And while “A Line of Traffic” is a perfect pop gem at 2:29 and “Robi Tussin” an utterly intriguing short story at 1:53, even Potylo jokes on the album about the length of  “When We Hang Out.” “Well, that could have gone on another two minutes and been gold, but I guess the band quit,” he says as the song fades to a play time of 2:12.

It’s also eclectic. Potylo may be channeling Johnston a bit, but he’s also still got a touch of the Springsteen in him, meaning even his douchiest fans will want the epic “No Delay” for their iPods. (And the rootsy types will want “KFC,” and the literary set will want that “Robi Tussin,” no joke, and put it on endless repeat to hear Potylo’s voice slither exquisitely from line to creepy line.)

Potylo can’t help but be funny. That “heartbreakingly beautiful” stuff sneaks in between and around and even in the jokes, when he reveals himself as just a guy in a room with a guitar, the one who takes his art so seriously he’d rather release an acoustic version of a song than the one that rocks, and when he decides to be a little ridiculous, and when he does both at once.

Back to his room

It’s not an album designed to take Potylo to the top of the charts, on a nationwide tour or even to The Paradise, but Potylo is the one who designed it that way. It’s even a surprise that he’s advertising its presence on cdbaby.com.

So “Worried All the Time I’ll Make Mistakes” might meet the same fate as Roadsteamer’s albums. When Potylo does his self-deprecating comedy onstage, the meager download history of those albums is mentioned fairly frequently.

If he once got his hopes up about record labels and sales — and in his 14-album career as Roadsteamer, Super Time Pilot and Rob Potylo he has had reason to think, as he puts it, that “Gilligan’s going to get off the island” — he’s not bothering to do it this time.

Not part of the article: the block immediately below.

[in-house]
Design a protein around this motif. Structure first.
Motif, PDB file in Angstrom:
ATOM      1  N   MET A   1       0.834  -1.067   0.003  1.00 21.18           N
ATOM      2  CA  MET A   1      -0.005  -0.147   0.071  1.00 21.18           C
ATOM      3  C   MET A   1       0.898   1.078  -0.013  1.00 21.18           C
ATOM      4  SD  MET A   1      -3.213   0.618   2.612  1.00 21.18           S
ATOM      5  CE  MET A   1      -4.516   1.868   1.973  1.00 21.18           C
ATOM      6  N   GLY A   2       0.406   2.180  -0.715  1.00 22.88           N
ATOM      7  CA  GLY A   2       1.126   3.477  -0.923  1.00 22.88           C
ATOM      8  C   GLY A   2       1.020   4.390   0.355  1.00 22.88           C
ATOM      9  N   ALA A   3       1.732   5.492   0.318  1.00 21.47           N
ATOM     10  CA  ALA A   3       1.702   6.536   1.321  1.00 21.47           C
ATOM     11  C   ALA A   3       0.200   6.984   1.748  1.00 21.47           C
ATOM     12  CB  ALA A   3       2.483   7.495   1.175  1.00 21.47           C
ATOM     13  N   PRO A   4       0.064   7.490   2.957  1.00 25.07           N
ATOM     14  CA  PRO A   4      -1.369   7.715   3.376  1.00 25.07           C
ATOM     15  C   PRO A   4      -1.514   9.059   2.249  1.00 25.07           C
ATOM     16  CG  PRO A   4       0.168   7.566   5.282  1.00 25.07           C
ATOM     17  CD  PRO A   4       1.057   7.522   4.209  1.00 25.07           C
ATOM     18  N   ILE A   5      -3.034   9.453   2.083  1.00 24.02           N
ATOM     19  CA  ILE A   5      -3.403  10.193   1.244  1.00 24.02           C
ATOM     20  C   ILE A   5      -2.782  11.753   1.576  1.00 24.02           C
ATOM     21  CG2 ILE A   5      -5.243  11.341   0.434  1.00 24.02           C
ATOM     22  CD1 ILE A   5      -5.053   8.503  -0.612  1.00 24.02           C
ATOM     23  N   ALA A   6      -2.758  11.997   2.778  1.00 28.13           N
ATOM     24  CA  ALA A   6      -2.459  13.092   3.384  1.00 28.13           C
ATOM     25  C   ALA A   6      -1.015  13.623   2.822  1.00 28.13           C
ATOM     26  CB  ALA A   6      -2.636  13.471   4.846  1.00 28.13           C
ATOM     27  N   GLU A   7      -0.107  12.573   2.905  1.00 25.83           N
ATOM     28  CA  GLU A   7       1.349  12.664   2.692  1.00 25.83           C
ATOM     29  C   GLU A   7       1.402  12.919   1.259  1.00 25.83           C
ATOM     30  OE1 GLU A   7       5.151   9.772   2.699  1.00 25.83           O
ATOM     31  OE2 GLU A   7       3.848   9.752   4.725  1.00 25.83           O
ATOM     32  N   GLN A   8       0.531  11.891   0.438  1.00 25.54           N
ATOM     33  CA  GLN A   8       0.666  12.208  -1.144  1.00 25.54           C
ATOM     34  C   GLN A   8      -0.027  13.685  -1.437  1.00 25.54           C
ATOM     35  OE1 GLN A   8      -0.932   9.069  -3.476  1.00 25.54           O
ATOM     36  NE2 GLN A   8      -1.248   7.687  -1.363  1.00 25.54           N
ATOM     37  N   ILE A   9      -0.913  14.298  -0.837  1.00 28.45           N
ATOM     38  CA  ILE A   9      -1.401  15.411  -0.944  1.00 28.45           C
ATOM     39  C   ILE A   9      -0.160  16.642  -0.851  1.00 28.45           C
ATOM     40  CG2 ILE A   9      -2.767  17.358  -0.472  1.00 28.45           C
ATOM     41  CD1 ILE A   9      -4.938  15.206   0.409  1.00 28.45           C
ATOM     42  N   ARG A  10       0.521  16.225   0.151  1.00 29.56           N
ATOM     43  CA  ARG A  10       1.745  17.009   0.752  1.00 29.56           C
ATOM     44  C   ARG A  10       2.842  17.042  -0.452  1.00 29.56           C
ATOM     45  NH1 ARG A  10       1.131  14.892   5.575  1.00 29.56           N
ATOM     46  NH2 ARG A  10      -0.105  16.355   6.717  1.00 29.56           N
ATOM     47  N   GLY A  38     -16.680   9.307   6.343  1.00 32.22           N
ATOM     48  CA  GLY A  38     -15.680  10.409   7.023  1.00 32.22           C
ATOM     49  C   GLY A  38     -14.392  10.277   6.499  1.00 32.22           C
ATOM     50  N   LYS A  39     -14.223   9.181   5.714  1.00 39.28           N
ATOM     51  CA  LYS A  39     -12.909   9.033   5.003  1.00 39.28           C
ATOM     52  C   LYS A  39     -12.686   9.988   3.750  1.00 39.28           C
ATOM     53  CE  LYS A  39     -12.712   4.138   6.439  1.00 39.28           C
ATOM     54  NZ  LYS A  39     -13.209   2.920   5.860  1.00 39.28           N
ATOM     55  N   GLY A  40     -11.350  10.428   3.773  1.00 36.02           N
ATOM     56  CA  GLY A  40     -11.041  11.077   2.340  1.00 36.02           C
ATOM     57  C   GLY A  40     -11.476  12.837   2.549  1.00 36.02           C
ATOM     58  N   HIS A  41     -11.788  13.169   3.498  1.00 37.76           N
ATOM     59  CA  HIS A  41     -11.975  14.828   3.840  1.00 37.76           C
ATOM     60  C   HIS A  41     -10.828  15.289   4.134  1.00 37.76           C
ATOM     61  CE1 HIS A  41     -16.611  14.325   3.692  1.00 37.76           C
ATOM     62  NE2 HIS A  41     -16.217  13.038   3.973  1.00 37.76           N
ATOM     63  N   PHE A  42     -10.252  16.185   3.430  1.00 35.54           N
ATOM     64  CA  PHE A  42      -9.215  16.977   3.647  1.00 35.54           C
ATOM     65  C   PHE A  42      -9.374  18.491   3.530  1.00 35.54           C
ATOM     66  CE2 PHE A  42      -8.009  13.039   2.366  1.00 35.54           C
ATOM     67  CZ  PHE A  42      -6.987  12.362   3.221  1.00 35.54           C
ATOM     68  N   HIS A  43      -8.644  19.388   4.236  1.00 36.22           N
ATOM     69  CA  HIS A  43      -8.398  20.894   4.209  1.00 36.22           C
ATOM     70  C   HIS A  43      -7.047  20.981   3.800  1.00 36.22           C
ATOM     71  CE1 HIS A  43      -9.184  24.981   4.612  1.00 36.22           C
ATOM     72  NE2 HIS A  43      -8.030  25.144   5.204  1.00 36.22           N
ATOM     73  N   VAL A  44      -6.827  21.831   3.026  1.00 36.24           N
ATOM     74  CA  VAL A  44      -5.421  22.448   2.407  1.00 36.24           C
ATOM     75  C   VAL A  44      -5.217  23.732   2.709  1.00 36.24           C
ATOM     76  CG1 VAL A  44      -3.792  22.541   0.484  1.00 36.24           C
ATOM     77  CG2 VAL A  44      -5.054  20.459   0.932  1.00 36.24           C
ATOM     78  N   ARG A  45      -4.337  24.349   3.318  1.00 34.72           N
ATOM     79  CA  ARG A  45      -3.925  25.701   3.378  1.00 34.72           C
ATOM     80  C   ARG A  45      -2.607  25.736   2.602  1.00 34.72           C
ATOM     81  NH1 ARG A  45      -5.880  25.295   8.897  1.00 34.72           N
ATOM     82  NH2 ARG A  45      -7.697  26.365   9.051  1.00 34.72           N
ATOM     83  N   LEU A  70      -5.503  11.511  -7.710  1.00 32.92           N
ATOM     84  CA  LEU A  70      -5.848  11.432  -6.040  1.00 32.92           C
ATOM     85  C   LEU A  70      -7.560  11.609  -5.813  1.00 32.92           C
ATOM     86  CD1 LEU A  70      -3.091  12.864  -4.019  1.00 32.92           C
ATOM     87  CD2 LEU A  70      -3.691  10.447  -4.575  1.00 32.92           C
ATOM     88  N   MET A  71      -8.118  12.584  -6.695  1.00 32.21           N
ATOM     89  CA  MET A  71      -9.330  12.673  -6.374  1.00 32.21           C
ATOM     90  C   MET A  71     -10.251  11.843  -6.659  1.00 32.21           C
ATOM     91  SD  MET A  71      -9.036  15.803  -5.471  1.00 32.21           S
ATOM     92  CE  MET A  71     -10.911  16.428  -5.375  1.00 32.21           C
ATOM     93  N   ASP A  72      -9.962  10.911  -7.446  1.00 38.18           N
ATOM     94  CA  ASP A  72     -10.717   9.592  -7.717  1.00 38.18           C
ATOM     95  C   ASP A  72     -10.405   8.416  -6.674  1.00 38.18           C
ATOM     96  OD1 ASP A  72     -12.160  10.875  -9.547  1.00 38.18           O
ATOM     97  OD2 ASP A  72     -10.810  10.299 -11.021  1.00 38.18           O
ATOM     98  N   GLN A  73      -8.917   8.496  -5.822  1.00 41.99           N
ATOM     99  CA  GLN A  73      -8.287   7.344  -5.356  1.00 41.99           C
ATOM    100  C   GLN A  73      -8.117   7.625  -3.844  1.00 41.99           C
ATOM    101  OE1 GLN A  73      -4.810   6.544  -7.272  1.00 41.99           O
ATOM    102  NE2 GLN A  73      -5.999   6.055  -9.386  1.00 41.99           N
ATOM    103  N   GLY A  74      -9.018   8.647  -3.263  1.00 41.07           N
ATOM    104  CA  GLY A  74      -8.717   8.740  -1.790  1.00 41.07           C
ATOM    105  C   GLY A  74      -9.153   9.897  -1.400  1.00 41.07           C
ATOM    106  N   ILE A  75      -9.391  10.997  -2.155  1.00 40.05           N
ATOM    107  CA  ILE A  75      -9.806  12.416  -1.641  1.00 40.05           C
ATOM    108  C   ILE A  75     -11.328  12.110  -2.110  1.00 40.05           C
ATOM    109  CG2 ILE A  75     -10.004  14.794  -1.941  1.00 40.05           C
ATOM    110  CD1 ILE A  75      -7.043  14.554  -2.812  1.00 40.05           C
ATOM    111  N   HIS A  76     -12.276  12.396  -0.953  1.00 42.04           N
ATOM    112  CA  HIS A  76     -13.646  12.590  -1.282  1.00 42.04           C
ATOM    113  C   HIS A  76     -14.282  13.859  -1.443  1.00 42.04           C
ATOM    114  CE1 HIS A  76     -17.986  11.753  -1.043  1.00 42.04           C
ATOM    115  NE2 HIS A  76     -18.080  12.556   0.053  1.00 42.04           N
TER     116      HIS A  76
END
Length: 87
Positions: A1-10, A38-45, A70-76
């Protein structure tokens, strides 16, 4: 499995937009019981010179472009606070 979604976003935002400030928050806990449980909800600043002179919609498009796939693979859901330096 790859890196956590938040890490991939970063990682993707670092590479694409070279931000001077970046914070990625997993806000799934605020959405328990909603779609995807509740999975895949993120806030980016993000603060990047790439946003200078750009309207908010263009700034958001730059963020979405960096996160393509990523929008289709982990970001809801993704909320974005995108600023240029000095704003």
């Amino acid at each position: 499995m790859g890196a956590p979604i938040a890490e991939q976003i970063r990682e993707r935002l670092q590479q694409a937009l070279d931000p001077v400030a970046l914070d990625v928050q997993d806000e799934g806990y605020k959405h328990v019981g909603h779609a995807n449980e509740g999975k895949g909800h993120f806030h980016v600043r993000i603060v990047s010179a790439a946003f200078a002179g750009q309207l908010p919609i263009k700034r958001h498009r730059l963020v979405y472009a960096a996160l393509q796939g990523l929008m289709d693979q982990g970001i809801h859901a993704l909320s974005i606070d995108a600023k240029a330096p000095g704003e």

“I’d rather just play it in my room right now, to be honest. It’s not a case of not getting my hopes up, because I’m more hopeful than ever,” he said. “I’m hopeful for amazing adventures. I guess when most people hear an artist say they’re more hopeful than ever, it’s more, ‘Oh, I believe success is right around the corner.’ I believe success is a fickle bitch who doesn’t want to go out with anybody like me because she wants attractive dudes with nice hairlines who, you know, can hold their own at parties. For me, she’s constantly testing me to just get me to create more.”

He’s obliging, of course, turning up the frequency of “Quiet Desperation” episodes and staying in his Allston apartment to write and play more songs when a more traditional, commercial artist would be holding a CD release party.

To Potylo, this is what “hopeful” means: “I really dig where ‘Quiet D’ is going,” he said, “and I’m thoroughly happy with this album.”

“Worried All the Time I’ll Make Mistakes” was recorded with James Towlson, Mora Precarious, Jason Cornwell, Rob Gonnella and Ethan Dussault.